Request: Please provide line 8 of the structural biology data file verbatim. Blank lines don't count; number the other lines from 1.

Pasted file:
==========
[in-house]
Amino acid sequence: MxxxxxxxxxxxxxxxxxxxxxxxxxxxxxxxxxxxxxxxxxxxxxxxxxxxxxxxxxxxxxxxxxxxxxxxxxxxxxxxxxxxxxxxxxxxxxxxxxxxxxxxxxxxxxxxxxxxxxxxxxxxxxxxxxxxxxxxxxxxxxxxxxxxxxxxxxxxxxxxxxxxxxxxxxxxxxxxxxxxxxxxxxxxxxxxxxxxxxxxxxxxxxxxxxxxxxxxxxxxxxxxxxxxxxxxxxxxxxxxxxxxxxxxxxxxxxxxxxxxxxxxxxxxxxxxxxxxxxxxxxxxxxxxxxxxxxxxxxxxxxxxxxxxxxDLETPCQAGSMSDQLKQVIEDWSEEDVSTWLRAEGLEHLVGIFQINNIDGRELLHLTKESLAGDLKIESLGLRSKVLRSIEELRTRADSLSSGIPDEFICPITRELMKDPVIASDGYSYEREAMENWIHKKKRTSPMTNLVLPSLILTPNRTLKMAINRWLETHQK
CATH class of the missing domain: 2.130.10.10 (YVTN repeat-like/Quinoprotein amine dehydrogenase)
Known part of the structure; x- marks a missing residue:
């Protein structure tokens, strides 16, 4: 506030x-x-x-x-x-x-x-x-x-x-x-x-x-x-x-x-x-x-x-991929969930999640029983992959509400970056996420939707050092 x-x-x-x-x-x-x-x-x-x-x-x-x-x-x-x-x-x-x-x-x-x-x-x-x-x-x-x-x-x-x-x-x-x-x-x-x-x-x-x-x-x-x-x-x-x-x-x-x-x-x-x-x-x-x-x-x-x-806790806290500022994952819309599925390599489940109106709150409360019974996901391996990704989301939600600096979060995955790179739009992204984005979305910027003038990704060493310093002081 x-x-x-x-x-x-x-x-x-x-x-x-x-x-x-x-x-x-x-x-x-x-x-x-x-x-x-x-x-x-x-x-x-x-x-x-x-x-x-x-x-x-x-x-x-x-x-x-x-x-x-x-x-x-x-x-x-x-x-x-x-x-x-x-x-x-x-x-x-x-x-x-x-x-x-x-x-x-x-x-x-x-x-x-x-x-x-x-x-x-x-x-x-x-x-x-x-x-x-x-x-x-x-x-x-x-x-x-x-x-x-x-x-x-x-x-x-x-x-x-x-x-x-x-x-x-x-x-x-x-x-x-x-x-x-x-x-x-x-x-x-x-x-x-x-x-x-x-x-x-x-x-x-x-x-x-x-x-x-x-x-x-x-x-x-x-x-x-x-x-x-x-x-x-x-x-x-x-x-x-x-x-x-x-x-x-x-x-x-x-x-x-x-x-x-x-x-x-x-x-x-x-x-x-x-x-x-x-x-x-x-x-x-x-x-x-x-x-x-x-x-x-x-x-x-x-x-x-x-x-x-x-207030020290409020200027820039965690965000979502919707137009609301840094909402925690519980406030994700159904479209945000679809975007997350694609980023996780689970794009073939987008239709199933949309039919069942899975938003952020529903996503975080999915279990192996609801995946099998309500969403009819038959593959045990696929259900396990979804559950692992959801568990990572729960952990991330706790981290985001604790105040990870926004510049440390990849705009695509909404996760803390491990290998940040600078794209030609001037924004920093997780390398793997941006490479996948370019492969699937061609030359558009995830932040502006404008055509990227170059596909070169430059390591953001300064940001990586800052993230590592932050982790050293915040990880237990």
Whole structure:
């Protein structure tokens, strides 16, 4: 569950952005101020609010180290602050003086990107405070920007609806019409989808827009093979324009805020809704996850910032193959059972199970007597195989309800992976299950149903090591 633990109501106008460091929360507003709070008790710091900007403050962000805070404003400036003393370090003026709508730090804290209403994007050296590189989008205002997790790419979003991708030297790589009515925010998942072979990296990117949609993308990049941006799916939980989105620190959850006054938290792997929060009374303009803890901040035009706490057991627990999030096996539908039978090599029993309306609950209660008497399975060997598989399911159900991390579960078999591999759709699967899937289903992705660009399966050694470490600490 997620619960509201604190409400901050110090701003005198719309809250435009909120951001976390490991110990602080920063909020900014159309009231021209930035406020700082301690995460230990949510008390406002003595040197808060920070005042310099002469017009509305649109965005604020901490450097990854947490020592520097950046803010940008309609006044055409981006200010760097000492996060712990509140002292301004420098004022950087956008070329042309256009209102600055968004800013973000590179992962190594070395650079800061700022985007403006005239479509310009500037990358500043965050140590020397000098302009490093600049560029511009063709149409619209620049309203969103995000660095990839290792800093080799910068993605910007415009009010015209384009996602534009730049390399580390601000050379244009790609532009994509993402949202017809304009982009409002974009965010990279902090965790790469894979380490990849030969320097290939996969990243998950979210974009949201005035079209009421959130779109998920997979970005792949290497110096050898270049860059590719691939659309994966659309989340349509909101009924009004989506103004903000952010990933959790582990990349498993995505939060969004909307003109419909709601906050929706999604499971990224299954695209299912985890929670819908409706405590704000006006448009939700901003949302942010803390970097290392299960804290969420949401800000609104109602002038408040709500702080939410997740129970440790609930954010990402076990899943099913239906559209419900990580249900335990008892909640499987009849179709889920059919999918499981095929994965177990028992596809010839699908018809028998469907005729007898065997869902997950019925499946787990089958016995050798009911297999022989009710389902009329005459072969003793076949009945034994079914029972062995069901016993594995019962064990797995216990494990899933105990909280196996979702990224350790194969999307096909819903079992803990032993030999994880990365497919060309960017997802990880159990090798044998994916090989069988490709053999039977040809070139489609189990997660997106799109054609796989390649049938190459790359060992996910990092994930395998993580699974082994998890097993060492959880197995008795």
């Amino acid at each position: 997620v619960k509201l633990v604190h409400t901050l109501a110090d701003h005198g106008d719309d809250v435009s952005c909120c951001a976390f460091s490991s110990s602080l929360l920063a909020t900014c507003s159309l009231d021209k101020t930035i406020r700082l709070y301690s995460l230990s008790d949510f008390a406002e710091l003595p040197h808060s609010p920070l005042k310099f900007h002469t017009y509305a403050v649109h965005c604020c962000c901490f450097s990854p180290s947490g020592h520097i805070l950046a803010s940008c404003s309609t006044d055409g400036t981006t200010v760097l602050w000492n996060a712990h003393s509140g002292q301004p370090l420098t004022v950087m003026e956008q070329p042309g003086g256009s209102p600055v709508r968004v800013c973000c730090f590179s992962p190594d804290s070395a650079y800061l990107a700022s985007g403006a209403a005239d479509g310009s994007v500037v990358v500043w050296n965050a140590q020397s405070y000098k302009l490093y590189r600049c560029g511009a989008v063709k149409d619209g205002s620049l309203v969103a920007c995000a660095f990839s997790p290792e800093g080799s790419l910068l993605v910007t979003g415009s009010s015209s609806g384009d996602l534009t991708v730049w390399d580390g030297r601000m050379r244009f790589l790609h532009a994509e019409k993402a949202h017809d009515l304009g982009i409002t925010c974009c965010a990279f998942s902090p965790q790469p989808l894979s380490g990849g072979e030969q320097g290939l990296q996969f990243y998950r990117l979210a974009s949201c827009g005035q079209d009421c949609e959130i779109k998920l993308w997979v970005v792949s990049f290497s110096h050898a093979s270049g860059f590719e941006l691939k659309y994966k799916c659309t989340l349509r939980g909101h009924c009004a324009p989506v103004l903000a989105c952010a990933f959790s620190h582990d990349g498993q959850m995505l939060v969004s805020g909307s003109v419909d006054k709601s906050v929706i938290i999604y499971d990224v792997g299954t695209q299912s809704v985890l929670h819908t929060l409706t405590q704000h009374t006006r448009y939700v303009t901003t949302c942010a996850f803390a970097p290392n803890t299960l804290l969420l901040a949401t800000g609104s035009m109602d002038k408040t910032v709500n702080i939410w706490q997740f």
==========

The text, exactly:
């Amino acid at each position: 997620v619960k509201l633990v604190h409400t901050l109501a110090d701003h005198g106008d719309d809250v435009s952005c909120c951001a976390f460091s490991s110990s602080l929360l920063a909020t900014c507003s159309l009231d021209k101020t930035i406020r700082l709070y301690s995460l230990s008790d949510f008390a406002e710091l003595p040197h808060s609010p920070l005042k310099f900007h002469t017009y509305a403050v649109h965005c604020c962000c901490f450097s990854p180290s947490g020592h520097i805070l950046a803010s940008c404003s309609t006044d055409g400036t981006t200010v760097l602050w000492n996060a712990h003393s509140g002292q301004p370090l420098t004022v950087m003026e956008q070329p042309g003086g256009s209102p600055v709508r968004v800013c973000c730090f590179s992962p190594d804290s070395a650079y800061l990107a700022s985007g403006a209403a005239d479509g310009s994007v500037v990358v500043w050296n965050a140590q020397s405070y000098k302009l490093y590189r600049c560029g511009a989008v063709k149409d619209g205002s620049l309203v969103a920007c995000a660095f990839s997790p290792e800093g080799s790419l910068l993605v910007t979003g415009s009010s015209s609806g384009d996602l534009t991708v730049w390399d580390g030297r601000m050379r244009f790589l790609h532009a994509e019409k993402a949202h017809d009515l304009g982009i409002t925010c974009c965010a990279f998942s902090p965790q790469p989808l894979s380490g990849g072979e030969q320097g290939l990296q996969f990243y998950r990117l979210a974009s949201c827009g005035q079209d009421c949609e959130i779109k998920l993308w997979v970005v792949s990049f290497s110096h050898a093979s270049g860059f590719e941006l691939k659309y994966k799916c659309t989340l349509r939980g909101h009924c009004a324009p989506v103004l903000a989105c952010a990933f959790s620190h582990d990349g498993q959850m995505l939060v969004s805020g909307s003109v419909d006054k709601s906050v929706i938290i999604y499971d990224v792997g299954t695209q299912s809704v985890l929670h819908t929060l409706t405590q704000h009374t006006r448009y939700v303009t901003t949302c942010a996850f803390a970097p290392n803890t299960l804290l969420l901040a949401t800000g609104s035009m109602d002038k408040t910032v709500n702080i939410w706490q997740f």